PANHANDLE. A panhandle, as the name implies, is a long, usually narrow, tract of land appended to the main area of a state. Many such areas exist in the United States. West Virginia's panhandle extends northward between Pennsylvania and Ohio. Oklahoma's panhandle, a long strip about twenty-five miles wide, lies between Texas on the south and Colorado and Kansas on the north. The Texas panhandle, a large, nearly square area, includes the northern portion of the state.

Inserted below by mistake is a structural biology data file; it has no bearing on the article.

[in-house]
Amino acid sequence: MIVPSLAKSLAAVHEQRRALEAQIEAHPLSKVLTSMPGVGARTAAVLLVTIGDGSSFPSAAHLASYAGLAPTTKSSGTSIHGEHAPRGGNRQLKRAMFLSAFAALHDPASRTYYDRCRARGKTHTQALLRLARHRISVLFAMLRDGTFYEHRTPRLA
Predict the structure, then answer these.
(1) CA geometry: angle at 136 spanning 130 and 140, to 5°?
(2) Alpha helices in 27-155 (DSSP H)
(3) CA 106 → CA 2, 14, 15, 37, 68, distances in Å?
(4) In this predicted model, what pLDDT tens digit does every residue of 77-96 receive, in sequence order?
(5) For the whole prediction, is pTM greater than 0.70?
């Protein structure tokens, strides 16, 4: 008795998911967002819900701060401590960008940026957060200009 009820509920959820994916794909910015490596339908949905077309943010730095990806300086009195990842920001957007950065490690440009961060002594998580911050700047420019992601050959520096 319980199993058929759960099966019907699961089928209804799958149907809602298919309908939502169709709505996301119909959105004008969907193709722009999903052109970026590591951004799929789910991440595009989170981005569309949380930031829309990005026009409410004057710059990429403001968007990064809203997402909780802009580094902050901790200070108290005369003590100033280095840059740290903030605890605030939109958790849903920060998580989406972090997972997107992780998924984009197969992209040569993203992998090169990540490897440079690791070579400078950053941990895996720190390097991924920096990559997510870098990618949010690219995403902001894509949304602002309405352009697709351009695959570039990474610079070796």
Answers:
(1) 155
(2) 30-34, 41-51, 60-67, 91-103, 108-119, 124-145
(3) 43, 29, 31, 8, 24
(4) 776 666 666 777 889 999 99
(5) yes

The term panhandle also applies to the portion of Idaho between Washington and Montana; the western extension of Nebraska north of Colorado; the northwestern corner of Pennsylvania along Lake Erie; and the long western extension of Florida.
Rand McNally and Company. Atlas of American History. Chicago: Houghton Mifflin, 1999.
Erwin N.Griswold/c. w.
See alsoGeography .
pan·han·dle / ˈpanˌhandl/ • n. a narrow strip of territory projecting from the main territory of one state into another state. • v. [intr.] inf. beg in the street: she went back to the streets to panhandle for money. DERIVATIVES: pan·han·dler n.
panhandle, in geography, a strip of land projecting from the main body of an area and shaped like the handle of a pan, such as the panhandles of West Virginia, Texas, and Alaska.